The most-recent example is Jada Toys, Inc. v. Mattel, Inc., No. 0555627 (9th Cir. 21 Feb 2008) (PDF). The court describes the core of the dispute this way:
Jada filed an action against Mattel, asserting claims for trademark infringement, false designation of origin, and unfair competition. Jadas allegations, however, were not related to its HOT RIGZ mark; rather, Jada claimed that Mattels advertising and sale of its OLD SCHOOL and NEW SCHOOL lines infringed on Jadas use of its registered trademark OLD SKOOL. Mattel asserted various affirmative defenses and counterclaims. Among the counterclaims were allegations that Jadas HOT RIGZ mark infringed on Mattels HOT WHEELS mark. Mattel also counterclaimed for copyright infringement and dilution.
Id., slip op. at 1568 (footnote omitted). The court then takes another eleven pages to explain why granting summary judgement in Jada's favor on both its own claims and on Mattel's counterclaims was improper, primarily because there remained material issues of fact (and the judge misconstrued the standard on Jada's own claims). Ultimately, the trial court's error was in noting the facial dissimilarity of the marks in question and treating that dissimilarity as virtually dispositive.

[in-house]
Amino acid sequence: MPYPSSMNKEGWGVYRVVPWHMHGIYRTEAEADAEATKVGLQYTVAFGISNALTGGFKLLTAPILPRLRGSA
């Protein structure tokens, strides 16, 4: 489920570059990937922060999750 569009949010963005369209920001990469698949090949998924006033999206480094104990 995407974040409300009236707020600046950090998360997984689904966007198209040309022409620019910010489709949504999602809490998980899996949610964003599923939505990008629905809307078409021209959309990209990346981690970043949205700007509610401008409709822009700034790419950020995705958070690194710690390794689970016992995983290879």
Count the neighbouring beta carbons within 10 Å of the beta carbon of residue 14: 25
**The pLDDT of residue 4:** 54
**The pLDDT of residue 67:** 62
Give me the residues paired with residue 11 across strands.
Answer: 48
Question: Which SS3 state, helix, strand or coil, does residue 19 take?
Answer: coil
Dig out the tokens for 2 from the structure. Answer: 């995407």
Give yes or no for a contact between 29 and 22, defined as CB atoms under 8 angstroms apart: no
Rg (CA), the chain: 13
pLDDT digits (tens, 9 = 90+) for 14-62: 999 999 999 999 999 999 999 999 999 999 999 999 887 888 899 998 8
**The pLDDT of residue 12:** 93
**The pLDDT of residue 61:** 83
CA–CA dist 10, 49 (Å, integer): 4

Turning from toys to where they get advertised television: Will the Library of Congress's Performing Arts Encyclopedia be affected by the prospects of US television networks realizing that no, the year doesn't begin in September, as they (potentially) transition to a 52-week TV schedule? Probably... but perhaps not as we might anticipate.
Finally, without much further comment (except the sound of my teeth gnashing at the pathetic library catalog software in both the University of Illinois system and the regional public libraries), there's a burgeoning move toward open source for library systems. It can't come too soon... or be worse than either of the virtually undocumented systems I have to struggle with.
- I actually observed the oral argument in one of the Mattel cases the notorious Walking Mountain while waiting to be called to argue in Ellison. Although one could not help being impressed by the vigor with which Mattel's counsel pressed its position, being impressed by the argument itself was another story entirely, as was reflected in the opinion.